Beware of Market Arguments via Outliers

$100 Million New Jersey Deli Is Representative of Nothing
The nature of “bulletin board” stocks is that they often trade far above fair value no matter what part of the market cycle we’re in, not because of broad excesses.
Bloomberg, April 20, 2021

 

 

 

By now, you surely have heard about the small deli in New Jersey that happens to be a publicly traded company with a market value of about $100 million. The resulting  commentary has focused on how this is a sign of out-of-control markets that, as hedge fund manager David Einhorn of Greenlight Capital wrote in a letter to clients, is “fractured and possibly in the process of breaking completely.”

While the example of Hometown International Inc. seems outrageous, it doesn’t take much effort to show that it really doesn’t prove anything about the current state of markets. The reality is that so-called bulletin board stocks often trade far above fair value no matter what part of the market cycle we’re in, and is not a sign markets are broken. Nor is it proof of investor irrational exuberance or evidence that the regulators have gone AWOL.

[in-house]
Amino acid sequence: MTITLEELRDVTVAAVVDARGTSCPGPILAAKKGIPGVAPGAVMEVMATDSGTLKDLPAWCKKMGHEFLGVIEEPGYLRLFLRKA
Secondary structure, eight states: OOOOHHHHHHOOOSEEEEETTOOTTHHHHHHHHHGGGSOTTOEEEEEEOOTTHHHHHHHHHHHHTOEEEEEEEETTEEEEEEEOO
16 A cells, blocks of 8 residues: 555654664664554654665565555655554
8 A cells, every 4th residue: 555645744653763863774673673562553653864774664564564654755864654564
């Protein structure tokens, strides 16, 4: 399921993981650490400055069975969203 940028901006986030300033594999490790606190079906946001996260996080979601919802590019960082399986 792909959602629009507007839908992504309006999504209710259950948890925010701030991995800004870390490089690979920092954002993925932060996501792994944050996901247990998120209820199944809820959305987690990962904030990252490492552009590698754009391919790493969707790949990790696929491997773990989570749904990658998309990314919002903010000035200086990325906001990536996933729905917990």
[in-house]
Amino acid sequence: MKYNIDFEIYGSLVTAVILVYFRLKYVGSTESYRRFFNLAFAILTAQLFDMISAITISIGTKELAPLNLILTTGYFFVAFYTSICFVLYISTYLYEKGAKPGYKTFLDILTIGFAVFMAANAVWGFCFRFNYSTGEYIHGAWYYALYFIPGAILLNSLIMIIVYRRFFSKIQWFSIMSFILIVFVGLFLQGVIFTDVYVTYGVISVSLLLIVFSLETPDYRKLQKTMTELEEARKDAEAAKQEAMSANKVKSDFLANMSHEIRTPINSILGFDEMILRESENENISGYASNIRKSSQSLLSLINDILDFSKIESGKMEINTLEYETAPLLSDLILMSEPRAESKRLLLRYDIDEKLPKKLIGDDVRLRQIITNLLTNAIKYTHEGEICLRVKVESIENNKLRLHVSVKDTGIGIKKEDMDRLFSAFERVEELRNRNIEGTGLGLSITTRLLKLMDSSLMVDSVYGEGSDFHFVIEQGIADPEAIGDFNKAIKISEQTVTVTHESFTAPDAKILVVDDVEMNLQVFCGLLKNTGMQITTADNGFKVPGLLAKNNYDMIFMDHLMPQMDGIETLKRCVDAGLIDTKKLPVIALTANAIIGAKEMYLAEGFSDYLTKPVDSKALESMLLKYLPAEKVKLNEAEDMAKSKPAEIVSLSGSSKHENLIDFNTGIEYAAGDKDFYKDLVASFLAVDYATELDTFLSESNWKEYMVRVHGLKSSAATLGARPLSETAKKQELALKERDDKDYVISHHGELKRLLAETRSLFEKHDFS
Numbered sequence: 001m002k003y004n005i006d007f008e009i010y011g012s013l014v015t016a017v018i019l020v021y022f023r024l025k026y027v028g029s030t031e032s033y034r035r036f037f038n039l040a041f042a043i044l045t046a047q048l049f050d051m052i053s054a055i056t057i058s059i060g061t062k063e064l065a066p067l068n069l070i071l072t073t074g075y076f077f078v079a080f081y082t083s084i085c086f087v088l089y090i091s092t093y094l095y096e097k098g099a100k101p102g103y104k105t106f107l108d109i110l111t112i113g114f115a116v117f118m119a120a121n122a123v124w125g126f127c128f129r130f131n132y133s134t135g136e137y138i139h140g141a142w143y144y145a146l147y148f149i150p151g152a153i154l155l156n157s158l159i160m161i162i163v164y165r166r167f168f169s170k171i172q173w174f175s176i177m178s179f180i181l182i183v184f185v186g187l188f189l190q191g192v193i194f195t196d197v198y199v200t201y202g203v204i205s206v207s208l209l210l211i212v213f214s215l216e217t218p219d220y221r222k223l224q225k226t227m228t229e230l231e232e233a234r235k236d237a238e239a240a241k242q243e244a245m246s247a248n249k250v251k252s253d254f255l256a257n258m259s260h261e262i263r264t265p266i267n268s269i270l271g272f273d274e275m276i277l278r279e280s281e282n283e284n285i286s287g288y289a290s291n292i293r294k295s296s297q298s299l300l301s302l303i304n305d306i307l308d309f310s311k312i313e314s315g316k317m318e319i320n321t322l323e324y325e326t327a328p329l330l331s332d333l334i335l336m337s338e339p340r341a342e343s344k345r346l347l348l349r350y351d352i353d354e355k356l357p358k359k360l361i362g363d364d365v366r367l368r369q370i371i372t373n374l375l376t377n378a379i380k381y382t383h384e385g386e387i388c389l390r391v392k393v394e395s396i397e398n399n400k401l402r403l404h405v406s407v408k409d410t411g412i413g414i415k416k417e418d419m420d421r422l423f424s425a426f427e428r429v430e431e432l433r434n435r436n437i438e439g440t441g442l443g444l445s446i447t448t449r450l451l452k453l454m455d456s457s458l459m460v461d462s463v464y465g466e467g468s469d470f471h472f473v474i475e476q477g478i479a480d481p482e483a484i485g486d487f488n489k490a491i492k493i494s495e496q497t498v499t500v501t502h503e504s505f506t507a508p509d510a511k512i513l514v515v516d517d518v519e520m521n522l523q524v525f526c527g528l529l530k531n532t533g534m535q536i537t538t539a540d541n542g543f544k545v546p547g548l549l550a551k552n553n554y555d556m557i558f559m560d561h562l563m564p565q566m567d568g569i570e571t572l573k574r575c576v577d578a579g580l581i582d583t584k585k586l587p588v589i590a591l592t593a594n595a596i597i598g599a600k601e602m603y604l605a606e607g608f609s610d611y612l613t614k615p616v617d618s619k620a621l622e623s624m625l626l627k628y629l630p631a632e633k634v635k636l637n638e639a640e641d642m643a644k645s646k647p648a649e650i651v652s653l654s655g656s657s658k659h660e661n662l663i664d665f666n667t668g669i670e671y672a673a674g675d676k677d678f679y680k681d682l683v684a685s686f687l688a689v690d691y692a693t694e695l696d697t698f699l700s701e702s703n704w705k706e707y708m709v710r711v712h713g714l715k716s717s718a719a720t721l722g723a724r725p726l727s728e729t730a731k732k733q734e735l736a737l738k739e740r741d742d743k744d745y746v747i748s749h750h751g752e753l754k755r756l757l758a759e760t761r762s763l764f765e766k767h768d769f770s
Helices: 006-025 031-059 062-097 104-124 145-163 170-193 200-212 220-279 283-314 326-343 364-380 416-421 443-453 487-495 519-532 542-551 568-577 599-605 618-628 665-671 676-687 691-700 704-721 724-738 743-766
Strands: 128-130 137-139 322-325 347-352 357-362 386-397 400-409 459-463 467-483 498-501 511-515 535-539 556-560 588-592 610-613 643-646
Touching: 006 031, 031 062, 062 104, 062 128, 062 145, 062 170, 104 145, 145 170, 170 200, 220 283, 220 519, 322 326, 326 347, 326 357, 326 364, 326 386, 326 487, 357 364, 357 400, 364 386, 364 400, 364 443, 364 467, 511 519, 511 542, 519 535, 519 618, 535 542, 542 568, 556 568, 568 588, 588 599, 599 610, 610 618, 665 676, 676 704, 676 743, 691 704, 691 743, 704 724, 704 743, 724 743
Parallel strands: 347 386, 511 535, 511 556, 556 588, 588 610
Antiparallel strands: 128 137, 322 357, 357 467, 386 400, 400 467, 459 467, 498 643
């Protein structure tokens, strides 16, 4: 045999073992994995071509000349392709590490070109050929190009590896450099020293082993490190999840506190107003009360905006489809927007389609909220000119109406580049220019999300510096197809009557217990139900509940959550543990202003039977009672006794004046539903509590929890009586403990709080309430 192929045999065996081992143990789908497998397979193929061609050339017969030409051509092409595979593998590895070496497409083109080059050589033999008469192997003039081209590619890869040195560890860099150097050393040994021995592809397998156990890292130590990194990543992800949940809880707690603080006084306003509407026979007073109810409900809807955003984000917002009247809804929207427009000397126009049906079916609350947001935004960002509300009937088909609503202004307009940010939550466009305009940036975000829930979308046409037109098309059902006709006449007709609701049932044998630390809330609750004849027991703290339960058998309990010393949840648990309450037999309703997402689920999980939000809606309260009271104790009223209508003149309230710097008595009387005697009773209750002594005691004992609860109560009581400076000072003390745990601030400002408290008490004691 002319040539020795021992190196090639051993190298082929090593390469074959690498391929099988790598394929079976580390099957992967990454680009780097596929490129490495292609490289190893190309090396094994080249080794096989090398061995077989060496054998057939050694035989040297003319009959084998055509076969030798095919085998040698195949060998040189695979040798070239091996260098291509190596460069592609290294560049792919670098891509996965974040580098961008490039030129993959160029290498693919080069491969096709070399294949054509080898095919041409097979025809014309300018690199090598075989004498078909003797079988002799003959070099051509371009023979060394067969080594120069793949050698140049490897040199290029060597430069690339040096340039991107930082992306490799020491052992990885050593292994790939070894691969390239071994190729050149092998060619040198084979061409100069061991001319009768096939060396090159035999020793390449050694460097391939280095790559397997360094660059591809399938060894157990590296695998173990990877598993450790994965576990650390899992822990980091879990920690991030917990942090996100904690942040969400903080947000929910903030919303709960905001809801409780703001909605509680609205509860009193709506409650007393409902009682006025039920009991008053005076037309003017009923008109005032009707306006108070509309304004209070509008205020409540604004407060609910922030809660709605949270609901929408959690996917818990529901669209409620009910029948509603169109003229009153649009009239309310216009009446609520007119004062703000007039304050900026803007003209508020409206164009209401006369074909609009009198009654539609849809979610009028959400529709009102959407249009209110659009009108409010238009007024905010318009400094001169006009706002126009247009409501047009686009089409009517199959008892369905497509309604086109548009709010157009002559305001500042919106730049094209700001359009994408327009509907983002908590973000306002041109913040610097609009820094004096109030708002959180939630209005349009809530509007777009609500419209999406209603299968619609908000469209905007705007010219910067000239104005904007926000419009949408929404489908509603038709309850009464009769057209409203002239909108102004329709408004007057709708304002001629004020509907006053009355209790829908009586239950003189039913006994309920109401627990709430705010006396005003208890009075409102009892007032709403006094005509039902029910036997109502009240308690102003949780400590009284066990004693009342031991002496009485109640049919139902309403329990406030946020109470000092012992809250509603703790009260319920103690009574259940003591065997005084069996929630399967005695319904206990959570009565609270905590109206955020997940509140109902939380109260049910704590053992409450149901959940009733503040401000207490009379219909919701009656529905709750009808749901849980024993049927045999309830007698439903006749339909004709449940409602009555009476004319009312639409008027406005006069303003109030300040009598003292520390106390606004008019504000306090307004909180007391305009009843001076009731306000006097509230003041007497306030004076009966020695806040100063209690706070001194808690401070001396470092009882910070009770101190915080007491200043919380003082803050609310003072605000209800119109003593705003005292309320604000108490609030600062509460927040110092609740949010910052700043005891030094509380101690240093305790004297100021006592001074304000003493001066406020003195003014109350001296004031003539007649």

Begin with the view from 30,000 feet: As National Law Review explains, not every security is traded on a credible, auction-based stock exchange. The National Quotation Bureau, or NQB, was organized as a source to learn prices quoted for non-exchange traded stocks in 1913. Quotes were published on pink-colored sheets of paper. Hence, the name “pink sheets.” 1

These markets by definition require no financial standards to be traded. Securities on the pink-sheet platform are not registered with the Securities and Exchange Commission, and hence have no disclosure or reporting requirements. The SEC sums it up this way: “Companies on OTC Markets Group’s Pink market are not required to meet any minimum standard.” They can be bankrupt or they can be shell companies — and they often are. Generally accepted accounting principles? Meh! They can be transparent or not. Full disclosure? Their call! No public disclosures? Sure, no problem!